In the next track, “Killing Boys,” Halsey sings about being angry, moving on and realizing that she is enough: “And I’m not breaking, I won’t take it / And I won’t ever feel this way again … ‘Cause I don’t need you anymore.” The third and last interlude, “SUGA’s Interlude,” focuses on her and the BTS rapper’s struggle with fame, both of them recognizing the true life of a career in the music industry. They wonder, “What’s in store / If I don’t love it anymore?”
“More” is the hardest song to listen to. Halsey has been very open about her reproductive health, admitting that she has had three miscarriages because of her endometriosis — one of which happened before a concert in 2015 — and about how, according to a Rolling Stone interview, she wishes to be a mother. “More” is a love song, not for a lover, but for her unborn child. During the bridge, the song turns into a lullaby and it becomes almost impossible to not imagine Halsey rocking her baby back and forth as she sings, “And when you decide it’s your time to arrive / I’ve loved you for all of my life.”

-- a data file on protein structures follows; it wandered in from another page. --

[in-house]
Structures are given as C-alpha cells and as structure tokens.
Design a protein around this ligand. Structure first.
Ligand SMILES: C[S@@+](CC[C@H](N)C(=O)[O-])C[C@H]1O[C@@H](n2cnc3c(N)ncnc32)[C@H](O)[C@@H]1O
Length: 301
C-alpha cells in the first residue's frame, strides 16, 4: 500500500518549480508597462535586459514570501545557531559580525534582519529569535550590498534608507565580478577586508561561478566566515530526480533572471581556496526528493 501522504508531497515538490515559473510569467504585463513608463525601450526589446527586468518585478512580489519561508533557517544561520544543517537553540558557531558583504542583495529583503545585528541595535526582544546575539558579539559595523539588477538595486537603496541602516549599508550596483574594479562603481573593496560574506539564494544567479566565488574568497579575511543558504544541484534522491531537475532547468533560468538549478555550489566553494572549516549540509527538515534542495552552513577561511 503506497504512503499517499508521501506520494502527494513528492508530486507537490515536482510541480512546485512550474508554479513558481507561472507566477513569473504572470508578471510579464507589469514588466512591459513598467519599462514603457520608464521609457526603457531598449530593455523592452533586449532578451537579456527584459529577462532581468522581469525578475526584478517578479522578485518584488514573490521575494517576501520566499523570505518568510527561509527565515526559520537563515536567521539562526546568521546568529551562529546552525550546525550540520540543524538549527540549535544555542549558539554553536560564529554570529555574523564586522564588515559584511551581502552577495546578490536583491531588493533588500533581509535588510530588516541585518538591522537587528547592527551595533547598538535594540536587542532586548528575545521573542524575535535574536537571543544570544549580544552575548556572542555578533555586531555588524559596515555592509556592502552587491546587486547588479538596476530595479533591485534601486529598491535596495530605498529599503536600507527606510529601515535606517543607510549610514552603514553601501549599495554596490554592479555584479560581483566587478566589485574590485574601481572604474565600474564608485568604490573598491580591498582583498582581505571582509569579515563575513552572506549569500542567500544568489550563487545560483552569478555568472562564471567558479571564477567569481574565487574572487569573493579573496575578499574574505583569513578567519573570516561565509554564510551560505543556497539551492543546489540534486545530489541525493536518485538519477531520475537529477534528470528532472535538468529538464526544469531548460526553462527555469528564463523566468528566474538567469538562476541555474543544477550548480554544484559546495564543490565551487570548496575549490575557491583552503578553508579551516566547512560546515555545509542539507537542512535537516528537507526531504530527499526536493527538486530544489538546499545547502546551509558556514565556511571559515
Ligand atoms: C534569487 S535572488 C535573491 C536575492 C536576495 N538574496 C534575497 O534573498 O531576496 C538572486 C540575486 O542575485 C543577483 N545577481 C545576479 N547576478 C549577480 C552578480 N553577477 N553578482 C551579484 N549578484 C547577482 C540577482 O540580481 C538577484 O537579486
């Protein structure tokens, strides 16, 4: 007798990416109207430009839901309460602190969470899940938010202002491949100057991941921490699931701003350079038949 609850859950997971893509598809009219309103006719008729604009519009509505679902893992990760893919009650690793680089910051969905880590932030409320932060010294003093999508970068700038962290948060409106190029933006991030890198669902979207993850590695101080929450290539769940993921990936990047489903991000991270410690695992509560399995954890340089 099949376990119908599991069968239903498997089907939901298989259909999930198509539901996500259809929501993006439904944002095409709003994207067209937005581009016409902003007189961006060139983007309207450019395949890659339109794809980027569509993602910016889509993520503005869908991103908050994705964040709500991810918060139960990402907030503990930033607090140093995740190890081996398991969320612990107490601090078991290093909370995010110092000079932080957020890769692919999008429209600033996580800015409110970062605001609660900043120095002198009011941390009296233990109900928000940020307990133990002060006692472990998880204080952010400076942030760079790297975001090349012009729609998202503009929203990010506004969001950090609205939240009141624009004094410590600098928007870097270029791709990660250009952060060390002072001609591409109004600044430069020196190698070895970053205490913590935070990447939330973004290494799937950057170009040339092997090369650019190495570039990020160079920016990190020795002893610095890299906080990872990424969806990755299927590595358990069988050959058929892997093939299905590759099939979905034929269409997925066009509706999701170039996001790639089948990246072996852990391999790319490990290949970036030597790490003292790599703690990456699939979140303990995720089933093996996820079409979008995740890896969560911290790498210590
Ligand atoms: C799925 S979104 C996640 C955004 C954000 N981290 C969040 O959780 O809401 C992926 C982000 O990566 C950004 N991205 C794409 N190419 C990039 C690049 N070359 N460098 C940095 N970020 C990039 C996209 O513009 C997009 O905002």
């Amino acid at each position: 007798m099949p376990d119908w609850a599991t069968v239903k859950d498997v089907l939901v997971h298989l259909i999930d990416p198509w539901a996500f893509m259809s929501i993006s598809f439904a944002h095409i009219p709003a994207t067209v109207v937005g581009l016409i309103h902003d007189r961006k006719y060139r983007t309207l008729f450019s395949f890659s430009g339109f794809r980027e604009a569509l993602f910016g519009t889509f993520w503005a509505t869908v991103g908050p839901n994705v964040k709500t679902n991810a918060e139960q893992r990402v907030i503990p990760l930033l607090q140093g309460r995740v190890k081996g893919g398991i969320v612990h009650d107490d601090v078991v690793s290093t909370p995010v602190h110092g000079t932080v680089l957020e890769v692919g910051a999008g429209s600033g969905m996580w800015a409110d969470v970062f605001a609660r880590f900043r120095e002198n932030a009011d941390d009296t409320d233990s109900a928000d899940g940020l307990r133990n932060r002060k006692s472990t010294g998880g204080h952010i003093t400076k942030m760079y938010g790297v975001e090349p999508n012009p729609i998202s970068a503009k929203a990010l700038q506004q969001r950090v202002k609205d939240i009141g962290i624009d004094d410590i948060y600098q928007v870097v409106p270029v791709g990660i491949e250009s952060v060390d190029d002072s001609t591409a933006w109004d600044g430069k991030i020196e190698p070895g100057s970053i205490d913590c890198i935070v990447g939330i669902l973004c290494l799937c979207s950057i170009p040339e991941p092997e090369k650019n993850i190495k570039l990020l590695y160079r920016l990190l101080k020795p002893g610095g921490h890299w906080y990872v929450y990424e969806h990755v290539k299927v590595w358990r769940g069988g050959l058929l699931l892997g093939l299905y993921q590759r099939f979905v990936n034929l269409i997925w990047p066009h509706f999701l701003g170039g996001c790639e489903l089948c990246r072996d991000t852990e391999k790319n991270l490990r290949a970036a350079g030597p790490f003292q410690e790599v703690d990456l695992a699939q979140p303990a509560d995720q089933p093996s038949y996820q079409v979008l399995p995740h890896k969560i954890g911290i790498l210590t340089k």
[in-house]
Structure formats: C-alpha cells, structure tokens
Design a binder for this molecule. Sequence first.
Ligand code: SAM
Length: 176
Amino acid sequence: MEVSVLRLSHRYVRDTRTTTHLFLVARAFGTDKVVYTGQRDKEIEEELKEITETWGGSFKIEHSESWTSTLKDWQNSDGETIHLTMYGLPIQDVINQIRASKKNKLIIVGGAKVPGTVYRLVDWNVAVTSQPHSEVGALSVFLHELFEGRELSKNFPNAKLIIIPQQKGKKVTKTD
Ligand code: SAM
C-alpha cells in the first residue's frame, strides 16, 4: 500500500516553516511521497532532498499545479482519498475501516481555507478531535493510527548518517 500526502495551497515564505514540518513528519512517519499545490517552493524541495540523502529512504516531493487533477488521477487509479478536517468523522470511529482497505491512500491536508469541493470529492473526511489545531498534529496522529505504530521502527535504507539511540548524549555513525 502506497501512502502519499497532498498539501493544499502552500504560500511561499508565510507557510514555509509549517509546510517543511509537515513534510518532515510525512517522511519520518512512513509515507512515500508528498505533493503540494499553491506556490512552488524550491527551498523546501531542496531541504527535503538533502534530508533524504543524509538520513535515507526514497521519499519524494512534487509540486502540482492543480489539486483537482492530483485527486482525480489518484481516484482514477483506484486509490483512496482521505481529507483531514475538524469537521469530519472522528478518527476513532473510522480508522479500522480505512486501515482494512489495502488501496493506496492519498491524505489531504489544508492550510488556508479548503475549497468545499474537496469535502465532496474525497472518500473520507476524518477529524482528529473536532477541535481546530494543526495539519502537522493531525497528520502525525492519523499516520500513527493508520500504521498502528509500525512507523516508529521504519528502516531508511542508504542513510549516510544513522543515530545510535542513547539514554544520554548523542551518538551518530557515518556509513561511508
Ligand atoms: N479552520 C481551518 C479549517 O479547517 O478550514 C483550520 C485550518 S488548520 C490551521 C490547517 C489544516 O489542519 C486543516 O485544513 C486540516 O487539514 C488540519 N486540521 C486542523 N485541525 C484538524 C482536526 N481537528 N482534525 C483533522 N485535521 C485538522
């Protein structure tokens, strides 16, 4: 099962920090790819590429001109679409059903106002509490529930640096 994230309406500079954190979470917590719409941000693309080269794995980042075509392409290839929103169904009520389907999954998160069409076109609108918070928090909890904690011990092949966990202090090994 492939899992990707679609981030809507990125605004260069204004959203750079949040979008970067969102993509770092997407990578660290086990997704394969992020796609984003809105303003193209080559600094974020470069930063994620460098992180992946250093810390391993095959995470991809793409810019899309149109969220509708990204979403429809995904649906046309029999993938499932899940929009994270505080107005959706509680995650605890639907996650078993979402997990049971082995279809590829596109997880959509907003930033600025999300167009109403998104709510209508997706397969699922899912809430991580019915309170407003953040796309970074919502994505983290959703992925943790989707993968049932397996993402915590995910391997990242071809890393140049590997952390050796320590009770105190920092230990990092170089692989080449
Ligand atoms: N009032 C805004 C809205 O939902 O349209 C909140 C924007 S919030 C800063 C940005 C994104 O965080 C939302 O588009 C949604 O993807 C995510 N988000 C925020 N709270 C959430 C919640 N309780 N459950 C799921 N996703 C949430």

The last two songs are “Still Learning” and “929.” In the first one, she sings about needing to work on her self-love and self-esteem, “I should be living the dream / But I go home and got no self-esteem.” Sound-wise, the song has a similar production to Ed Sheeran’s “Put It All On Me,” which comes as no surprise since he co-wrote the song. “929” is a freestyle where Halsey finishes introducing herself as Ashley, allowing us to walk through some parts of her life, from living in a cheap apartment, being taken advantage of by her heroes, quitting smoking and losing the love of her life to cocaine, to knowing that she has a long way to self-preservation. Halsey is still growing up and that is okay.
This is, by far, Halsey’s best and most meaningful album. Despite how different the songs are from one another, the album is perfectly cohesive. After going through the journey that is “Manic,” I feel like I just read through her most secret diary and I am taken by all of her confessions. I have been Halsey’s fan since she released her first EP “Room 93” in 2014, and I am so thrilled that, six years later, I finally got to meet Ashley Frangipane. It was an absolute pleasure.